Casein and gluten also release desmorfina and other peptides opiodi whose presence is characteristic of autism.
Autistic children shows a high prevalence of dpp IV enzyme damage.
The decreased activity of the enzyme may be related to many causes:

  • A genetic deficiency.
  • An alteration of enzyme activity mediated by mercury (the debate about the implications of vaccination in autism etiology could be very interesting).


Peptides from gluten and casein are important because they react with opiate receptors in the brain, thus mimicking the effects of opiate drugs like heroin and morphine.
The peptide from wheat is called gluteomorphin (gluten + morphine) and the peptide from milk is called caseomorphin (casein + morphine). 
Gluteomorphin (also termed gliadorphin) has been verified by mass spectrometry techniques to be present in urine samples of children with autism by Alan Friedman, Ph.D. in work done at Johnson and Johnson.
Both casomorphin and gluteomorphin are composed of seven amino acids.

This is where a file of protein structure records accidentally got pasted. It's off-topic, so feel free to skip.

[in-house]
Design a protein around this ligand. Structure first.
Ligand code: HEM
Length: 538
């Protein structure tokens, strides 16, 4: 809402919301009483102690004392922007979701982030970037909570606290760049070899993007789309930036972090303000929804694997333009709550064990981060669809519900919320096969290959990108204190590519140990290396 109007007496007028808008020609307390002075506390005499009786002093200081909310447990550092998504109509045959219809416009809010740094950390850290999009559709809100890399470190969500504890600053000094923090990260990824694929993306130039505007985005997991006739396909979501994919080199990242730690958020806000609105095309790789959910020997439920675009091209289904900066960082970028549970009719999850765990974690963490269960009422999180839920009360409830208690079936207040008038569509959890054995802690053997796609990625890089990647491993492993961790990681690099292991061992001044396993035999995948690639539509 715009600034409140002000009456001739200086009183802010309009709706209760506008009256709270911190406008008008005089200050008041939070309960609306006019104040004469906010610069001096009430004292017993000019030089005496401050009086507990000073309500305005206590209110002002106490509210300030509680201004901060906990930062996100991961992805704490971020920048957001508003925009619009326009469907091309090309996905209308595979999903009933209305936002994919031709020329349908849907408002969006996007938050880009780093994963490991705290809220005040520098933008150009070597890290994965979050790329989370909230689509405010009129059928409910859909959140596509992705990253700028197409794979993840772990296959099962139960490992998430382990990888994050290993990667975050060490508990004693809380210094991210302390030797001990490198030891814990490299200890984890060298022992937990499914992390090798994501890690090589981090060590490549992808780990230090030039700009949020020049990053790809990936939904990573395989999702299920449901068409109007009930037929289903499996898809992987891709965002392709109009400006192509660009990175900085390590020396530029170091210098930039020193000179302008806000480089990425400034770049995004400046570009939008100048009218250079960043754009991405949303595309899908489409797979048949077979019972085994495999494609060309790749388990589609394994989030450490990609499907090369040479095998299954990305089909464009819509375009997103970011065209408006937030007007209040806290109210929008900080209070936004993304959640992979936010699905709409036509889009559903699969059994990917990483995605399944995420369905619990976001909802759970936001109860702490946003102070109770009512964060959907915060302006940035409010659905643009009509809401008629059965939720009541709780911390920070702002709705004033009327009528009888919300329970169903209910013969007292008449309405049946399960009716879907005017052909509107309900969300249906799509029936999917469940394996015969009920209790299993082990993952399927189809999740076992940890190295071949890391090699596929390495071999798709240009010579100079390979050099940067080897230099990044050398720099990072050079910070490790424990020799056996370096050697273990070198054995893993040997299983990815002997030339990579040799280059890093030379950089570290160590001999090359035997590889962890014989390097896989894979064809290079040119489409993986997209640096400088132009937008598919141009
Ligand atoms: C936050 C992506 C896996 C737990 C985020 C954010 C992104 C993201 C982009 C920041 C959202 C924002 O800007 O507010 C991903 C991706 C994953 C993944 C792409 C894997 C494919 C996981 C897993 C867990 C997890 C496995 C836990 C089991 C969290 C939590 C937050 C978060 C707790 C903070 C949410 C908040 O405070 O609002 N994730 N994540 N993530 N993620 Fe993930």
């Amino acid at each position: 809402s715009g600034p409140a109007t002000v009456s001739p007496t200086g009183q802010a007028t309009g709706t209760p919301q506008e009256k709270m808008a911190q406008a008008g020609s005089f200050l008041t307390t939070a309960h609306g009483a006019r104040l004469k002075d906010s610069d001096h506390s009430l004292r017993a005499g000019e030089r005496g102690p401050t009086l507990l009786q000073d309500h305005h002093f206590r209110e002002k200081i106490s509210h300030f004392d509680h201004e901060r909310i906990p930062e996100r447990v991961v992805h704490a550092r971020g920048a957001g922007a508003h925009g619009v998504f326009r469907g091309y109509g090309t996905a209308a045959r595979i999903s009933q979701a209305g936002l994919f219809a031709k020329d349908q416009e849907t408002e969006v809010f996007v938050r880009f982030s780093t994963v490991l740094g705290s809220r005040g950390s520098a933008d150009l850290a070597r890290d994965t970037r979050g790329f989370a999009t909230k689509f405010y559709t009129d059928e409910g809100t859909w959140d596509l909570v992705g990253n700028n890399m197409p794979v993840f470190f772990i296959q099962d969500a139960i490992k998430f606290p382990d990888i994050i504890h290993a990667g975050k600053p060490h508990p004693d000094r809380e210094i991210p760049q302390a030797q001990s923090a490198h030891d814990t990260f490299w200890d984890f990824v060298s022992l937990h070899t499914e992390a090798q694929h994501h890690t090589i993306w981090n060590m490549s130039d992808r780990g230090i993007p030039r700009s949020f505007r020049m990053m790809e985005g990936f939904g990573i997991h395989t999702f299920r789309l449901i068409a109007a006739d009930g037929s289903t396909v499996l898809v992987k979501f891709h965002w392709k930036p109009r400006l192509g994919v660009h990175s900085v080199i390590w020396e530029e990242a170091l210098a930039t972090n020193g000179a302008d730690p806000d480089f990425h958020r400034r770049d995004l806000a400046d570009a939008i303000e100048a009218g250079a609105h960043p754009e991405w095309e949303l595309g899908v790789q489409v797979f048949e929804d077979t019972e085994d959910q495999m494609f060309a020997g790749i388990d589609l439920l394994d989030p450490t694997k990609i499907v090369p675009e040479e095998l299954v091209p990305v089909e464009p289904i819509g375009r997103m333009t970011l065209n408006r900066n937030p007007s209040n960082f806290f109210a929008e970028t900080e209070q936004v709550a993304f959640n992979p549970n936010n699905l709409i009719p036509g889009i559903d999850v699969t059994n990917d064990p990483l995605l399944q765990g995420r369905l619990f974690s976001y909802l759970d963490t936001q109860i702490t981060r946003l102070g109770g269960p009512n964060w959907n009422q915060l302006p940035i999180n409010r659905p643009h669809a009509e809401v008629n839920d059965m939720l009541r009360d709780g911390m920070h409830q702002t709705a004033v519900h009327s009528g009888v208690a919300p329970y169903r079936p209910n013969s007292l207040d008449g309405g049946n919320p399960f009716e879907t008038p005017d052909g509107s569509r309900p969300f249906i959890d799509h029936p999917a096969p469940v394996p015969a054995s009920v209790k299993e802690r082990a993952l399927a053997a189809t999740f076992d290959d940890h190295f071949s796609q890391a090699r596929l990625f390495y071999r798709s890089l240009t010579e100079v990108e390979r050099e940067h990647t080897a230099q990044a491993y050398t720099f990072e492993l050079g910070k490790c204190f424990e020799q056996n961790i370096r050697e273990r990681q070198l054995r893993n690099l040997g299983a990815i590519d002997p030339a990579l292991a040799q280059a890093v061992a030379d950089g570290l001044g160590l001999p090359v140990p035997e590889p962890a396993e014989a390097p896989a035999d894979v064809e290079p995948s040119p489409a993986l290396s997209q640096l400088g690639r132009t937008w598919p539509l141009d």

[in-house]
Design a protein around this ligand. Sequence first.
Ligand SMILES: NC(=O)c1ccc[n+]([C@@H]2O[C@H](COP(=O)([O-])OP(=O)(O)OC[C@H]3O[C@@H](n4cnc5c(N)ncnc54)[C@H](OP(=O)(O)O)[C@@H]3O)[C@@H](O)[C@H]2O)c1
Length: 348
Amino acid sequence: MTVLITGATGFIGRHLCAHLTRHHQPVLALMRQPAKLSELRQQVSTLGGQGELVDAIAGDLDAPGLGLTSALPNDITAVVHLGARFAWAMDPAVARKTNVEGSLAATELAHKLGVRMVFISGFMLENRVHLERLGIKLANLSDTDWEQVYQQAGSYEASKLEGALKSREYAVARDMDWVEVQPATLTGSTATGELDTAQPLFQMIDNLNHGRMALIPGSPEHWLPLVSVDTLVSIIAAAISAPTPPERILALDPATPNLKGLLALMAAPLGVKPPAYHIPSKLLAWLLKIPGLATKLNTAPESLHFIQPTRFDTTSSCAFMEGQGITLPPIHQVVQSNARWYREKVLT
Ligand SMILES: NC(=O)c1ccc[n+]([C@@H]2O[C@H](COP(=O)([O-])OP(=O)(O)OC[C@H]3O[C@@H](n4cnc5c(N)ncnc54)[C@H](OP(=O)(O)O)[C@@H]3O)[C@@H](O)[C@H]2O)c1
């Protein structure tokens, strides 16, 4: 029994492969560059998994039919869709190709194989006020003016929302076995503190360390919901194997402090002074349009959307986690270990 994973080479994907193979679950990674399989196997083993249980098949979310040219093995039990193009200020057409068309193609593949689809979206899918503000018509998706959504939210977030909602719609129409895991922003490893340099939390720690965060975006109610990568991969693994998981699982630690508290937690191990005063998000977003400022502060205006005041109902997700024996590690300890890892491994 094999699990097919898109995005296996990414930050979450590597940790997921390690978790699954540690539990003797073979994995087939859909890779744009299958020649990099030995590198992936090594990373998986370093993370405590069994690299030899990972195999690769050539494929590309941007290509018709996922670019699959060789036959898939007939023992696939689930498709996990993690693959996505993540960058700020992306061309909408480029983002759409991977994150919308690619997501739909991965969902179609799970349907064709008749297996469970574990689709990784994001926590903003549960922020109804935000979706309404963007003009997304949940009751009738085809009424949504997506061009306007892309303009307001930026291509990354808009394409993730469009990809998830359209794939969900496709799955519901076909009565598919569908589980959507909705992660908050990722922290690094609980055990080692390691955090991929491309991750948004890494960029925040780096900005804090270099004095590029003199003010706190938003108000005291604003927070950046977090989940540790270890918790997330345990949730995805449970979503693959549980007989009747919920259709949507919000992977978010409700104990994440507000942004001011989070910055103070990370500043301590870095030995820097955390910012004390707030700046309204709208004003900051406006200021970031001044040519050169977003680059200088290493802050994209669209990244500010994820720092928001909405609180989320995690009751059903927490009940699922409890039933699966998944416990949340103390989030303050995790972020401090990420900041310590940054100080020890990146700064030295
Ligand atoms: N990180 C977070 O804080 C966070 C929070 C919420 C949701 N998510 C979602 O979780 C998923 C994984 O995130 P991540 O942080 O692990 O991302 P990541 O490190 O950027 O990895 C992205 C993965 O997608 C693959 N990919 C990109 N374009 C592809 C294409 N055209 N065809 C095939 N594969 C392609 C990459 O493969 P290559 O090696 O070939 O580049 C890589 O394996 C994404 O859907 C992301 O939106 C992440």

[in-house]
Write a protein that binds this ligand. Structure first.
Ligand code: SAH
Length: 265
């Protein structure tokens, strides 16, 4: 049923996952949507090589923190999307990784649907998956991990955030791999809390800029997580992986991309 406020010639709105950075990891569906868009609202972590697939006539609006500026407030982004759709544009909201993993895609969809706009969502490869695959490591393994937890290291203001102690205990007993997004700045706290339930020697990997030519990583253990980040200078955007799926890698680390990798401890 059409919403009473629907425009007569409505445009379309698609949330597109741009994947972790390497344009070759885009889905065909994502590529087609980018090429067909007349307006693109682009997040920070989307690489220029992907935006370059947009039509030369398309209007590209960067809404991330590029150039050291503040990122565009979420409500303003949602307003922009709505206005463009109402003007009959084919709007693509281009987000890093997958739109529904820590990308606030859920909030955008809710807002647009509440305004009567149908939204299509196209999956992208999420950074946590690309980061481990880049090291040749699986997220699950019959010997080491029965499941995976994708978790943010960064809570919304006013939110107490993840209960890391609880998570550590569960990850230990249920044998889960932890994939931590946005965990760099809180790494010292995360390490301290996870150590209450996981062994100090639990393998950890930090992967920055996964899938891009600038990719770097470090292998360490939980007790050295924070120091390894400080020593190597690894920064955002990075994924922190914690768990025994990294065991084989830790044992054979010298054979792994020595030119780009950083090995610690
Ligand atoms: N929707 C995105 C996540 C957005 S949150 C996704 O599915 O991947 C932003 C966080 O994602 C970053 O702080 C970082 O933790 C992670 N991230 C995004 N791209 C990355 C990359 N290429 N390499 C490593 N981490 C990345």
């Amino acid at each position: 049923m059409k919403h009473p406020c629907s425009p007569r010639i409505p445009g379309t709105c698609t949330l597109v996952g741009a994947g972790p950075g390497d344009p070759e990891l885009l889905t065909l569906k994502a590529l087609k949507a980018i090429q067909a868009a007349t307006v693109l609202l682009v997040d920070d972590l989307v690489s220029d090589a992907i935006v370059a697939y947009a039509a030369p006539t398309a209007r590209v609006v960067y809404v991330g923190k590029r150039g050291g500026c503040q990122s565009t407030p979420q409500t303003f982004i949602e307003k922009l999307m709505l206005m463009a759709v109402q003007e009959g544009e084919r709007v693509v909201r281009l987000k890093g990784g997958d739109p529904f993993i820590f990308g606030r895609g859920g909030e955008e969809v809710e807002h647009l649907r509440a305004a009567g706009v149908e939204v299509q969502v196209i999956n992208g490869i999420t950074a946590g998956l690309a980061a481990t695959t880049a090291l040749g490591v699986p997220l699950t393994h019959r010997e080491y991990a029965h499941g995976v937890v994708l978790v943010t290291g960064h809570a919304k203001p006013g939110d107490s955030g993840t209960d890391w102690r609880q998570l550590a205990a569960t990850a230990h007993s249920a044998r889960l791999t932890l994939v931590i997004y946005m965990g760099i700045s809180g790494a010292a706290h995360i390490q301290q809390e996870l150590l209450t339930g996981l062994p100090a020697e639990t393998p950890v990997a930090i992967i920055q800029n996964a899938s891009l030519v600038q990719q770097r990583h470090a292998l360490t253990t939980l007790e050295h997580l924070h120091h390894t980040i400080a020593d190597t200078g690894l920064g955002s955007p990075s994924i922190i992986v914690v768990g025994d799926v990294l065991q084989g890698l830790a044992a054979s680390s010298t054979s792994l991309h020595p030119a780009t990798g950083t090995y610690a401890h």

Both casomorphin and gluteomorphin start with the beginning N-terminal sequence tyr-pro (for tyrosine and proline) with additional pro residues (proline) in positions 4 and 6 of both peptides as indicated below (Abnormalities of the Digestive System:Gluten and Casein, Peptides, Secretin, CCK, and Pancreatic Atrophy.2006).

Dipeptidyl peptidase IV has the job of breaking down peptides in which the amino acid proline (abbreviation pro) is in the second position of the peptide as it is in both casomorphin and gliadorphin shown above. Gliadorphin and casomorphin are important substrates for the enzyme DPP IV. Each molecule of casomorphin and gliadorphin is processed twice by DPP IV.
After two dipeptides are removed from gliadorphin and casomorphin, tripeptides with proline in the middle position remain.

One might expect that DPP IV would then remove another dipeptide from these molecules; however, this is not the case.
Instead tripeptides with proline in the center position are potent inhibitors of DPP IV that essentially inactivate DPP IV.
By breaking down casomorphin and gliadorphin, DPP IV essentially embarks on a course of self-destruction.
As a result, many of the other functions of DPP IV may be impaired.